For this church:
In 1349 the church was in a state of arrested reconstruction due to the Black Death. The highly skilled artisans and stonemasons working on the church must have been among the victims as the work stopped. It was only continued after an injunction from the Archbishop of York in 1354 issued to the Priory. In addition the Priory had to install a vicar and erect a vicarage. It is possible today to see where the work was halted and the different workmanship when the work recommenced. A distinct change of style can be seen at the top of the uprights on either side of the side windows.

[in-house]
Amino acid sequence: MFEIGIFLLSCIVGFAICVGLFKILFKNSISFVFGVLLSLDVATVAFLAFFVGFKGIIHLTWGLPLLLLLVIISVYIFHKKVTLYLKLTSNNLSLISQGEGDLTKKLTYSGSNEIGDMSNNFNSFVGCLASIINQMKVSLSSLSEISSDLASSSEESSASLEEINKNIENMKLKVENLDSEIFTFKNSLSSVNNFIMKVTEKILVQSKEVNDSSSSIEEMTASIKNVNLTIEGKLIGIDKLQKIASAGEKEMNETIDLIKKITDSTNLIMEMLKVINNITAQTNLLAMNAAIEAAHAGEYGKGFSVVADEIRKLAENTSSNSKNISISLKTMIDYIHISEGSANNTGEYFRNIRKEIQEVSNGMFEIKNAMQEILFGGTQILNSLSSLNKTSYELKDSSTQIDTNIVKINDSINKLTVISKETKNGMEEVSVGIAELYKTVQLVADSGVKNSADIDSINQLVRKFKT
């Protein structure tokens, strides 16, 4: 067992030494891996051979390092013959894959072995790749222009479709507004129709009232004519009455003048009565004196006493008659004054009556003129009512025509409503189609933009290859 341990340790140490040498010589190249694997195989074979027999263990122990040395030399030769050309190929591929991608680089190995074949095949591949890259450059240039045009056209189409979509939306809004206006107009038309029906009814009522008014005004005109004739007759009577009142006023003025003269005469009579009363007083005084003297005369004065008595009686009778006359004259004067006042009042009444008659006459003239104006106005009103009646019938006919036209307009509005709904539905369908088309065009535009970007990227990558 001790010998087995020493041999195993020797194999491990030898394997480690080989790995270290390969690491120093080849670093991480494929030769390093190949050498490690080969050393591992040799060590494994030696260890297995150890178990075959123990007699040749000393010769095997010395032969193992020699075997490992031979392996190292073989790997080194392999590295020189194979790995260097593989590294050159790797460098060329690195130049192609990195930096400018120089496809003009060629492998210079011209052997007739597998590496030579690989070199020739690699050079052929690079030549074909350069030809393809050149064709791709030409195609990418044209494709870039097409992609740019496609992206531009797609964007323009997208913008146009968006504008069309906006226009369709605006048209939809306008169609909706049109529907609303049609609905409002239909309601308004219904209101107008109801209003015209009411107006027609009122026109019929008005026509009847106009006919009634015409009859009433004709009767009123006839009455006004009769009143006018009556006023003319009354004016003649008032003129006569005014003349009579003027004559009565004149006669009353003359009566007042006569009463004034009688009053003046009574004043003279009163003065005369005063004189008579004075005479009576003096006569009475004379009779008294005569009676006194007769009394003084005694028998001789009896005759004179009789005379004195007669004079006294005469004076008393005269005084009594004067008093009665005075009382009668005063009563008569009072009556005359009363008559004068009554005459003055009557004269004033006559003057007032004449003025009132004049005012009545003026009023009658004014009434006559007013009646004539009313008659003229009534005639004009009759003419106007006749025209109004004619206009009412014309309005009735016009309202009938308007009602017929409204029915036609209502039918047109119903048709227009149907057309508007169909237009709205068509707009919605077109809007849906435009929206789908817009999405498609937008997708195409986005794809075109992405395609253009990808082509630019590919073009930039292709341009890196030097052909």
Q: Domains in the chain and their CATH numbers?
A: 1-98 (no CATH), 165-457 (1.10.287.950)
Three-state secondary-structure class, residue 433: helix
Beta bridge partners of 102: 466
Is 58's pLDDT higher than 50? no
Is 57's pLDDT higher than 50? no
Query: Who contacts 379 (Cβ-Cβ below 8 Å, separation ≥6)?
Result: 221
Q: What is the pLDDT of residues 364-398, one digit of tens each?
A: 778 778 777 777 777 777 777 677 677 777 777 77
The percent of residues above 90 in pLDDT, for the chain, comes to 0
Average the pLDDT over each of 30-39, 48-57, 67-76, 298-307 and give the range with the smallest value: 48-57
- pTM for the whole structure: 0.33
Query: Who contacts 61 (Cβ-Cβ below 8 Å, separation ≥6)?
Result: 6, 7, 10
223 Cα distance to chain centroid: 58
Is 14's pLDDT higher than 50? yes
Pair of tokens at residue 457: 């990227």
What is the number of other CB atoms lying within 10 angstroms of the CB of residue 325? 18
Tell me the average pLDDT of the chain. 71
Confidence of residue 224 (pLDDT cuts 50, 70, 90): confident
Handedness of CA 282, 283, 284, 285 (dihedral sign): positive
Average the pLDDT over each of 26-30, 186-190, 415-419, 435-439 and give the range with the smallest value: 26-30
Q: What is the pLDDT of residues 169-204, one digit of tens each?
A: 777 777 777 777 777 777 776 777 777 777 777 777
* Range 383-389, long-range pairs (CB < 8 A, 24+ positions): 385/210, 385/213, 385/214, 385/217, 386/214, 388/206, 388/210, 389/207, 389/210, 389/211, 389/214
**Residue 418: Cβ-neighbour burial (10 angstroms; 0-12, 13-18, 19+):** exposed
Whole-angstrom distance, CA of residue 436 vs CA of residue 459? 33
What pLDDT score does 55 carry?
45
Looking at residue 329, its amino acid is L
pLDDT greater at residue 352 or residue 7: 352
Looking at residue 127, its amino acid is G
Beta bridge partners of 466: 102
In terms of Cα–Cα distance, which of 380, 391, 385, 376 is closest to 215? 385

The nave and aisles were built of loosely-coursely rubble, quite different from the hewn squared stone of the later 14th Century chancel and tower. The south porch with its stone seats was added in the 15th Century.